And as an aside, if you couldn’t tell from his lyrics, Le1f is a gay rapper. It’s a rarity these days, but maybe that’s part of what’s so appealing about this. He’s making something different and doesn’t seem the least bit hesitant to do so. Listen for yourself as he raps in Hate2Wait “Oh, you got a twin bed? Well, let’s squeeze up in it/ We don’t need no covers, let us freeze up in it/ Cuz you gonna need a cold shower anyway/ After all of the kinky little games that we play.” Or listen to his hit song “Wut,” when he spits “Ukrainian cutie – he really wanna cuddle/ The fever in his eyes, he wanna suckle on my muscle/ He wanna burst my bubble and see what’s up in my jungle.” Yeah, he said it. And he’s turning heads and making a splash. So I repeat: you win, Le1f.
Hit the jump for a bonus…the NSFW video, an animated gif of Le1f dancing, and a party trap rave song by Just Blaze.
Alex Young is a sixteen-year-old, D.C.-based electronic wizard. This remix pairs him up with fellow youngsters BenZel, making me feel bad about what I was doing at 15 and 16. If you want to know about the future of music, look no further. This remix features chopped up vocal samples from BenZel’s blog smash matched with piano and synths that will have you moving in your desk chair at work (or whatever you do; I don’t know you). Check it out, along with some of my favorite Alex Young originals.
So, I finally realized the beauty of using sets on SoundCloud. This format will make it waaay easier for you guys to stream Best Five Dance from now on. I mean, just press play once and it’s game over.
Opportunity dances with those already on the dance floor.
-H. Jackson Brown, Jr.
If you can’t get rid of the skeleton in your closet, you’d best teach it to dance.
-George Bernard Shaw
1. Ghost Loft – Seconds (Twice As Nice Remix)
2. B.Dolla – Trill Collins
3. Montell Jordan – This Is How We Do It (Viceroy “Jet Life” Remix)
4. The Hood Internet – Zero Drum Thirty (Aesop Rock x Ohama)
5. Rihanna – Stay (Branchez Bootleg)
Electronic Dance Music (EDM) is getting pretty loc (is “loc” the Spanish equivalent of “cray”? Well, it is now.) Every day, it seems like a brand new style of dance pops off. You can usually identify these by a catchy adjective followed by the suffix, “-step” (i.e. thugstep, drumstep, brostep, hostep, step-by-step, stairstep.) Jokes aside though, it is indeed an exciting time for the evolution of dance music, which why I’ve decided to dedicate this week’s Best Dance Songs to a subgenre whose stock is rising fast: Trap.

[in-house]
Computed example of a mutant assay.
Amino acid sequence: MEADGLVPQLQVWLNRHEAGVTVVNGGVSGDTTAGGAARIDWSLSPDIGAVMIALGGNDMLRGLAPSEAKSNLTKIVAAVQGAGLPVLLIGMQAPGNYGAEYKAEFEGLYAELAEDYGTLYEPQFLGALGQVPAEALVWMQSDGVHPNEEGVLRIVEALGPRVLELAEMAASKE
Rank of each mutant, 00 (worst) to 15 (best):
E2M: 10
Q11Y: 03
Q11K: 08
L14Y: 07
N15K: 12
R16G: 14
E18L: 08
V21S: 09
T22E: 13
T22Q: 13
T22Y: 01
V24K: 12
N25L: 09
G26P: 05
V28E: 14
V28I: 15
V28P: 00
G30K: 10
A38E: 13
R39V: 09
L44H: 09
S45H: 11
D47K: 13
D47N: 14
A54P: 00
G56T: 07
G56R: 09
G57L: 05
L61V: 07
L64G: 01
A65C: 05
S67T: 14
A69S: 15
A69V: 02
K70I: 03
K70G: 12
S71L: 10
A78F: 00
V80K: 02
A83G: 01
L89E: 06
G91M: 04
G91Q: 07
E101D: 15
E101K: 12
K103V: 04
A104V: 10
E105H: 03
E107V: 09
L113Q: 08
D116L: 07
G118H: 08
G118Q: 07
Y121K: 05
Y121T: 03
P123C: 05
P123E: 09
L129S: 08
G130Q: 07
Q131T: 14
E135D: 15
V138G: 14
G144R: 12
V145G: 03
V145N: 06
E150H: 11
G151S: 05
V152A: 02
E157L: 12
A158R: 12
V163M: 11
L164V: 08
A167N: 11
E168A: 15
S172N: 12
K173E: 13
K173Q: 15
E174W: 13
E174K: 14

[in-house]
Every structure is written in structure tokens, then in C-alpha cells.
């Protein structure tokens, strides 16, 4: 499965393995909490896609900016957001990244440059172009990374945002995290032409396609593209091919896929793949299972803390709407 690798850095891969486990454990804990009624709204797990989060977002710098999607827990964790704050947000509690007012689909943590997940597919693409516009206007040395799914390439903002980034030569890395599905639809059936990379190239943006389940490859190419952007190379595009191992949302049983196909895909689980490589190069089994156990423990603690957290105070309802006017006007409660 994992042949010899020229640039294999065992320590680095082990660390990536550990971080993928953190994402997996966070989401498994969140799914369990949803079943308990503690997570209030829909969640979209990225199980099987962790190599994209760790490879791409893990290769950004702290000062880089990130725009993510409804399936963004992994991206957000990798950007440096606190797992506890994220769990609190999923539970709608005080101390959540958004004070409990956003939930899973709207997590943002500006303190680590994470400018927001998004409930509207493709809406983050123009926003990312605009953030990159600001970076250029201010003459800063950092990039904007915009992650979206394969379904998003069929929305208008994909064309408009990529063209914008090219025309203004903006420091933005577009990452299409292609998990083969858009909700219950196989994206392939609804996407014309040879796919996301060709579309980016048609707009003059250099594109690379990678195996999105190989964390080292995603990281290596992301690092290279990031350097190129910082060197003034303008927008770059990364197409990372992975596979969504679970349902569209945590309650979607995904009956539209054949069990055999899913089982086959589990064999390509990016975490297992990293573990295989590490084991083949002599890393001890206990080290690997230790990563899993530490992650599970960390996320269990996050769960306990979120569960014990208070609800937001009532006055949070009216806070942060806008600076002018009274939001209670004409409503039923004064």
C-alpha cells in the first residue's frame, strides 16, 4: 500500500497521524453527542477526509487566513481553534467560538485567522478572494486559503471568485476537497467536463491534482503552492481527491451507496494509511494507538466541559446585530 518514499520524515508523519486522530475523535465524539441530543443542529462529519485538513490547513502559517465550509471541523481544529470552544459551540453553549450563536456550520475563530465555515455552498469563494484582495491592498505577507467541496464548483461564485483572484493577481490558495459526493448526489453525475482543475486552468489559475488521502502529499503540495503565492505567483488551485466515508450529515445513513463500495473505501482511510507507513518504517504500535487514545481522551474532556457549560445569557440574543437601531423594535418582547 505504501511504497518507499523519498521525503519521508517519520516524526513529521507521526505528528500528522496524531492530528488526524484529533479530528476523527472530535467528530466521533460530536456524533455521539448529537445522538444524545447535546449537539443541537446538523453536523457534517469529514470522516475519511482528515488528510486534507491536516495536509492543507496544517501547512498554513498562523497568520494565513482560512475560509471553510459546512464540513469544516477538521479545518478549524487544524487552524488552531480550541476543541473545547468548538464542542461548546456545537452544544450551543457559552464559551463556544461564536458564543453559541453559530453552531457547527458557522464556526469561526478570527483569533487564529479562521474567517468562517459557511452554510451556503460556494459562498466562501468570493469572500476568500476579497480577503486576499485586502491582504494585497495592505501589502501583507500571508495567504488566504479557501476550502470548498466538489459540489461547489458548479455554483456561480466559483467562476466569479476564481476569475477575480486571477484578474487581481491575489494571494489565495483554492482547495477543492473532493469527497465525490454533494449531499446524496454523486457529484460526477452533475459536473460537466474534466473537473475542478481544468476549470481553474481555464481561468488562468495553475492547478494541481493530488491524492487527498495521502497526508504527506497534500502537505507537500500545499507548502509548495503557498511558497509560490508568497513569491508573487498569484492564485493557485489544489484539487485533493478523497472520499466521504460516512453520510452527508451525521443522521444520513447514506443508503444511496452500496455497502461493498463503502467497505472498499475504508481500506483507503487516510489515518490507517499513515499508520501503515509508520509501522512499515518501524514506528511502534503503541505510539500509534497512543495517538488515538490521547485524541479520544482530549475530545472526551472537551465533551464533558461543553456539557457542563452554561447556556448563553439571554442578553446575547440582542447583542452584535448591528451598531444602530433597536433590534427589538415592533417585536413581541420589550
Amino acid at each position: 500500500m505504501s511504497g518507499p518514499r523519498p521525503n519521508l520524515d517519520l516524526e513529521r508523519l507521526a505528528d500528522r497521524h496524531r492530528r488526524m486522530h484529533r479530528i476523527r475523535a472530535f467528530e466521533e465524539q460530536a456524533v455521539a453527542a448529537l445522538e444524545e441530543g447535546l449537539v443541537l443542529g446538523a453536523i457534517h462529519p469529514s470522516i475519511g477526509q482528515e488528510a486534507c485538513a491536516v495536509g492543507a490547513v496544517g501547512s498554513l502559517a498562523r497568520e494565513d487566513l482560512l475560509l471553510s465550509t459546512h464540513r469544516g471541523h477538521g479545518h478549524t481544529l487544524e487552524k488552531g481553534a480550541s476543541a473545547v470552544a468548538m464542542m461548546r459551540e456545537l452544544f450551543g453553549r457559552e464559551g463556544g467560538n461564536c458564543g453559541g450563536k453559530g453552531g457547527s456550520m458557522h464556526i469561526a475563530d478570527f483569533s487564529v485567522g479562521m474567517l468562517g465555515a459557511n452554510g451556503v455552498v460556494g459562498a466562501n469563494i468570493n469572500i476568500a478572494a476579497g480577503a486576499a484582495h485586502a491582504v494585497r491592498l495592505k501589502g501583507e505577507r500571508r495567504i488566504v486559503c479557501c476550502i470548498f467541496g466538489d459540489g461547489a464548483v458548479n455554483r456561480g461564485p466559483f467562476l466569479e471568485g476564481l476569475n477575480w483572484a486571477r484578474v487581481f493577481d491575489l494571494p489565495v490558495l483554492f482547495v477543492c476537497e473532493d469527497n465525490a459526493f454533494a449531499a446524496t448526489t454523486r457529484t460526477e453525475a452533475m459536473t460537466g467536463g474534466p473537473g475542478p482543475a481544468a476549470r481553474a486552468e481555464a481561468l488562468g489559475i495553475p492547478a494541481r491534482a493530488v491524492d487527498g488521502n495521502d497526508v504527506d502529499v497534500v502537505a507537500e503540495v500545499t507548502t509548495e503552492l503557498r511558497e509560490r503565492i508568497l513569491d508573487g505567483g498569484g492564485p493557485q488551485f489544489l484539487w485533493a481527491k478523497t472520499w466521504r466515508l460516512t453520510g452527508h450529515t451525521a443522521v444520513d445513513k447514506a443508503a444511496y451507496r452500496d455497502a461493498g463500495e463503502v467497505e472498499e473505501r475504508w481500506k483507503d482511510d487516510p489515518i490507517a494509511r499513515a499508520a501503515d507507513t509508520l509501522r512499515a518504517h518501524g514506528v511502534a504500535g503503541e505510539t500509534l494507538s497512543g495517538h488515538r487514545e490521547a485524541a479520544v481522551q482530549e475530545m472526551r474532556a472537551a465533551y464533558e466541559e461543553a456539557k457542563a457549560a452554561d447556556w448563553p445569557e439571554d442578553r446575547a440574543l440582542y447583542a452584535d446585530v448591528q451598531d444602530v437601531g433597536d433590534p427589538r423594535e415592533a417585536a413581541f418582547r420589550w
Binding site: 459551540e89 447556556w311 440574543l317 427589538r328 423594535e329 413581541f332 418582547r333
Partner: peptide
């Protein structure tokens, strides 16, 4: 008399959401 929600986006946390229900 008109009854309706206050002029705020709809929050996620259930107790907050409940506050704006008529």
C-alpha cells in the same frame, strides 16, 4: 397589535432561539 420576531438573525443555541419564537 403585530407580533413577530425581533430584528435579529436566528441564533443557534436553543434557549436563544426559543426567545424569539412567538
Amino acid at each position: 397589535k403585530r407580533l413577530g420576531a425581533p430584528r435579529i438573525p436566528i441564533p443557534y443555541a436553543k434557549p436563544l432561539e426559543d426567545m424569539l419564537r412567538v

Since I’m not a trapstar myself, I enlisted my good friend Erin to help us all wade through the vast clutter of EDM by picking out some of the best trap tracks of now o’clock. Check out her brief write up on the origins of the genre below, and then be sure to bump her five delicately selected trap jams for your aural pleasure.
A BRIEF HISTORY OF TRAP
According To A Suburban, Middle-Class White Girl
While EDM continues to flourish as one of the most popular musical styles today, sub-genres have had the opportunity to develop and intertwine as well. Arguably, the first EDM by-products to gain popularity were electro-house and dubstep. Now, there are more focused sub-genres such as brostep, complextro, and the current “it-genre”, Trap.
Trap music is nothing new-–in fact, it’s been around for over a decade with its roots in Southern hip-hop. Artists associated with the scene span from U.G.K. and Lil Keke to Waka Flocka and Gucci Mane. Today, EDM producers are channeling these trap forefathers as inspiration, weaving traditional 808 drum beats into their respective styles. Some, such as Houston producer Lōtic, feel that artists are simply jumping on the Trap bandwagon rather than truly appreciating the history.
Luckily for me, whether it’s Baauer or Juicy J, this music simply makes me want to chunk up the deuce and dance.